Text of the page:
This is a follow-up to my previous notes about cacheing with Hibernate, Ehcache and the JCache API - specifically looking at how to access cache statistics.
This is not about using the
jconsole GUI tool (which you certainly can do, as an alternative approach), but instead this is about programmatically accessing cache statistics from within your application.
The JCache API makes cache statistics available via the
(And for Ehcache, there is a corresponding implementation class.)
To access any specific MBean you need to know its name.
Before using the MBean’s name, you first need to create an
And then you can use the
beanServer.queryMBeans(name, query) method to retrieve a set of related MBeans - one or more of which can be cache MBeans.
The query method takes two parmeters:
Here I will only use the ObjectName, by using a string to represent the MBeans I want to retrieve - and I will leave the query expression set to
However, to use this query method I first need to know the names of the beans I want to retrieve. MBean names are generally implemented based on a set of best practices guidelines - but, even so, the chosen naming approach may not be documented.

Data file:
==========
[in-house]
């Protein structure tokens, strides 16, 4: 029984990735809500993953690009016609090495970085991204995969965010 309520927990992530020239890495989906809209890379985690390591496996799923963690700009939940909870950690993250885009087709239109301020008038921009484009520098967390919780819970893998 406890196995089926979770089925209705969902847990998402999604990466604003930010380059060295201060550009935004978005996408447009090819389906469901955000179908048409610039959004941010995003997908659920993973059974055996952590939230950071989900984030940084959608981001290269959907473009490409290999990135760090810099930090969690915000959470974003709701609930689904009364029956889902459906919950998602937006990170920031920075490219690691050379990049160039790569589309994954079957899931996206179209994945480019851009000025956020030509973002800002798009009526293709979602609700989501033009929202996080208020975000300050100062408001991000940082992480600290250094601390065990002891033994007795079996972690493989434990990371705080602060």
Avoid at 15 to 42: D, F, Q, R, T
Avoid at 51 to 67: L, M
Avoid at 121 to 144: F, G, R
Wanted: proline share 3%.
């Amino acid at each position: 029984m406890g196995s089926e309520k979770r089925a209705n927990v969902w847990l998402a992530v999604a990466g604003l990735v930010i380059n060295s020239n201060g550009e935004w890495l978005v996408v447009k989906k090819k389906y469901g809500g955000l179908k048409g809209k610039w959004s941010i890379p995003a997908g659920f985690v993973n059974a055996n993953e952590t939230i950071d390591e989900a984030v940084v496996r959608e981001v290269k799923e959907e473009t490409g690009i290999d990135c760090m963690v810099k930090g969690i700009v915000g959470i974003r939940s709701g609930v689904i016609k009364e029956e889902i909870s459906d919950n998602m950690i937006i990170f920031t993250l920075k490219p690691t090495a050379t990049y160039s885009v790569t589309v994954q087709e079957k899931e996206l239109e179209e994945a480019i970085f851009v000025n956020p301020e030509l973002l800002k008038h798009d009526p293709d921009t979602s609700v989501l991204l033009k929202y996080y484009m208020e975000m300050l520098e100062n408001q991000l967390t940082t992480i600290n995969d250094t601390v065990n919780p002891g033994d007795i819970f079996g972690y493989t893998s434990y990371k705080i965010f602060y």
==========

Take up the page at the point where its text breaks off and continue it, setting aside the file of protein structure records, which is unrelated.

The general structure of an MBean name is:
domain:key-property-list, for example:
You may have no idea in advance what the domain or key-property values are for a bean you want to select. Fortunately, MBeans are supposed to be self-documenting, so we can retrieve these details as follows:
You can run this once to dump the name details for all of the MBeans available in your Java application.
Most of the MBeans used by a standard Java application are for the virtual machine (VM) in which the application is running, to assist in reporting on VM-related statistics such as memory usage. They can be ignored, for our purposes.
The JavaDoc for
CacheStatisticsMXBean tells us that it has the following type:
So that is what we will look for in the resulting list of names and properties. For one of our L2 cache MBeans, we may see results like the following:
When we split this into its constituent parts, we have the following:
From this, we can see the following keys:
type- it has the expected value of
Cache- the name of the Ehcache alias in
CacheManager- the path to the
For our purposes, we can simplify this string with the use of some
* wildcards, which will then represent all the possible L2 caches we may want to track:
We can now use this string as follows:
This is a
Set of results because we may have defined multiple different caches in our Ehcache configuration.
When we iterate over the above set, we now have access to the statistics we want:
This is not a comprehensive list of statistics. Check the CacheStatisticsMXBean documentation for a complete list.
Now, I can use this code to report on the state of the L2 caches used by my application.